FRANK WARREN has been there, seen it, done it, bought it, flogged it. There’s not a lot you can tell him that he doesn’t already know about the sport of boxing and if he doesn’t like the cut of your jib, he’ll make no secret of his disdain. On more than one occasion I’ve been told that I was still in nappies when he started working in the sport of boxing. Not quite true – I was toilet trained by then – but you take his point; Warren has come a long, long way since he was the new kid on the block in the early eighties, not so much ruffling feathers but clipping wings as he slowly but surely changed the face of the long-established hierarchy in British boxing.
Four decades later, Warren remains a formidable force in the industry and is the most prolific British promoter in the post-lockdown era. It was fitting that it was he who brought the sport back in the UK with a series of shows on his latest television platform, BT Sport, in both a TV studio in East London and York Hall. It was Warren and his team who laid the foundations for British boxing to grow again and in turn create the blueprint that others now follow. This weekend he promotes the first male world title fight to be staged in the country since the onset of the pandemic. According to BoxRec, Warren’s latest milestone is the 606th show he’s had a hand in promoting since he began in 1980, though the overall number likely runs higher than that.
Over the years, the Hall of Famer has had something of an up-and-down relationship with Boxing News which dates back to the days when Harry Mullan was at the helm. There have been arguments shared with Mullan, as well as subsequent editors Claude Abrams, Tris Dixon and myself. There have been accusations (some fair, some not) of unjust reports and previews, there has been offence taken when none whatsoever was meant, and that blatant untruth that we favour his promotional rivals (which, by the way, is a feeling shared by his promotional rivals who think we favour him). It of course speaks of the immense pride and relentless passion he has for his work.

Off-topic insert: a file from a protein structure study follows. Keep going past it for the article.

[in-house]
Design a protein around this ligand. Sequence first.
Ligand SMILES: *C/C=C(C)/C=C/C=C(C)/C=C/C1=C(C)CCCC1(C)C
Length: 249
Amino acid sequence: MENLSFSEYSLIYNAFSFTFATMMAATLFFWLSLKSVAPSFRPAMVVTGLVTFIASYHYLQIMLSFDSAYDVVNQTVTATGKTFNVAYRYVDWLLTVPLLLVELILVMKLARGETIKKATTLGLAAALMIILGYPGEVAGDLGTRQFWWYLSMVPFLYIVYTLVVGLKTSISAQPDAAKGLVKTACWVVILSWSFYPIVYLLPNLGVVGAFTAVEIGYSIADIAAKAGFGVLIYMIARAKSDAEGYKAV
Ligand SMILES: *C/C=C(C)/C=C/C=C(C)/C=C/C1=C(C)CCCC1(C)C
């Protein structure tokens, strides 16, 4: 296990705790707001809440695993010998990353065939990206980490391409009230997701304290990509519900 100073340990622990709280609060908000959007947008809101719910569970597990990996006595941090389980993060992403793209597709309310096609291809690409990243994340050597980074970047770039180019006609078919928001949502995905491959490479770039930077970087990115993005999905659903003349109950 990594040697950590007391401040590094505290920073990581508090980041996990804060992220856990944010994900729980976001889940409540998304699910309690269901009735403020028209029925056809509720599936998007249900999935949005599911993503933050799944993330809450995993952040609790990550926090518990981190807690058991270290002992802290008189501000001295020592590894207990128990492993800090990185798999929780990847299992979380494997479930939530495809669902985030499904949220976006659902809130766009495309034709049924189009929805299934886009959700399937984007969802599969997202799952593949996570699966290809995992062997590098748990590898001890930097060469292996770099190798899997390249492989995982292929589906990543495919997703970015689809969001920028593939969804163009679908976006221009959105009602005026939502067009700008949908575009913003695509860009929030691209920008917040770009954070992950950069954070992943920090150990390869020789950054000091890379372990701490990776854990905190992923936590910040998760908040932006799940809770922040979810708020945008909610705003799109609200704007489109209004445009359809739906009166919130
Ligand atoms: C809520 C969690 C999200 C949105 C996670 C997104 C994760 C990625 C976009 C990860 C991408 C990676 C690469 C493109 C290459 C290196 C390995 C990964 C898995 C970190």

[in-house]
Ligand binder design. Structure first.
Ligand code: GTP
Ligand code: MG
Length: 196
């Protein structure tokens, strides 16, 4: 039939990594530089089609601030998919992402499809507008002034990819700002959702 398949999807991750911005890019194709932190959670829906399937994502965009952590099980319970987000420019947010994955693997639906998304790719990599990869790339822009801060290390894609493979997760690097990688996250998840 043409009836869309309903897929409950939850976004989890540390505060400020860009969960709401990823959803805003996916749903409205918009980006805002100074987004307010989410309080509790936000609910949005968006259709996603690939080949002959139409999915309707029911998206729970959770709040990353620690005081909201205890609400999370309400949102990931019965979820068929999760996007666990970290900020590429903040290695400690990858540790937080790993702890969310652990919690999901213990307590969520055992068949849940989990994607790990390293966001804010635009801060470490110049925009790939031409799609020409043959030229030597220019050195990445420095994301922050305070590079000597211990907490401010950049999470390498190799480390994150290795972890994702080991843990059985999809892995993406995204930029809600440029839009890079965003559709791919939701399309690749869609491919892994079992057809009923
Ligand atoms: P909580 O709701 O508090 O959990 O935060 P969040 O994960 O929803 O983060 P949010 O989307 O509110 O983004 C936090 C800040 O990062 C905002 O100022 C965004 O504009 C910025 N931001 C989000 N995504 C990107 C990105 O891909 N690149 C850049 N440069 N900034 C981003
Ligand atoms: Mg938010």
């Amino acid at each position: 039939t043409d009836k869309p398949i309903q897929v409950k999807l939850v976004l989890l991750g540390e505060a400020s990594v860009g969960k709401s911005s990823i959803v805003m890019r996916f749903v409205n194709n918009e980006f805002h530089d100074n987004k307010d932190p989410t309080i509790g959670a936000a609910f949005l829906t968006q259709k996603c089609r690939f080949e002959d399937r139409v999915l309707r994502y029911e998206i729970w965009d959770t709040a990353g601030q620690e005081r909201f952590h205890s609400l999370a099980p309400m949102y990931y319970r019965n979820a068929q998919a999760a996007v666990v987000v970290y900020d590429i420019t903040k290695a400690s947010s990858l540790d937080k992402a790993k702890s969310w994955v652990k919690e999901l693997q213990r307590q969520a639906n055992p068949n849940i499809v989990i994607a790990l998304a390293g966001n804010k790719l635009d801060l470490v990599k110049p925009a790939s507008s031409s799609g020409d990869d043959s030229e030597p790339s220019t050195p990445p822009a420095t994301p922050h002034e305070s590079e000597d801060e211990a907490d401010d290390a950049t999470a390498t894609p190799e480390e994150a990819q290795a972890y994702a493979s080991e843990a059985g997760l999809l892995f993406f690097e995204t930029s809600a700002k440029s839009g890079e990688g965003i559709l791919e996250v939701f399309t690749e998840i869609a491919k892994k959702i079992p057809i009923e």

However, for the record, speaking from my own experience and as a general rule, I couldn’t care less who is promoting a show nor do I consider any promoter a friend: It’s the fights and the fighters that matter, and it’s the fights and the fighters – and the interest in them – which governs the inches they get in the magazine and the amount of exposure they receive on our online channels.
Furthermore, if one promoter promotes 50 shows a year, for example, and another promotes 25, it doesn’t take a genius to work out whose events will figure more prominently in that 12-month period.
Through it all, Warren has always been generous with his time and keen to make his point. As well as the arguments and the at times obvious annoyance with the opinions of someone with significantly less experience in the sport than him, there have been congratulatory messages and it’s rare that a Christmas Day passes when Frank doesn’t send a message of goodwill. His huge achievements command significant respect and he’s always worth listening to, as a recent episode of The Opening Bell – the BN podcast – featuring Warren proved.
He was typically engaging and occasionally prickly as he readied himself to answer certain questions – he resisted the urge to tell me to where to go when it was put to him that past feuding between Matchroom and Queensberry might make a working relationship between the two difficult – but Frank Warren wouldn’t be Frank Warren without those combative shoulder rolls and that suspicious mind. Warren is all business and one would be hard pressed to find anyone with greater survival instincts than him in any industry, which is the highest of compliments.
Boxing needs that never say die spirit more than ever before. And it’s fair to say the sport would not be where it is today, or achieved the lofty highs of recent years, without the measures he started to put in place when several of his current rivals were, dare I say it, still in nappies.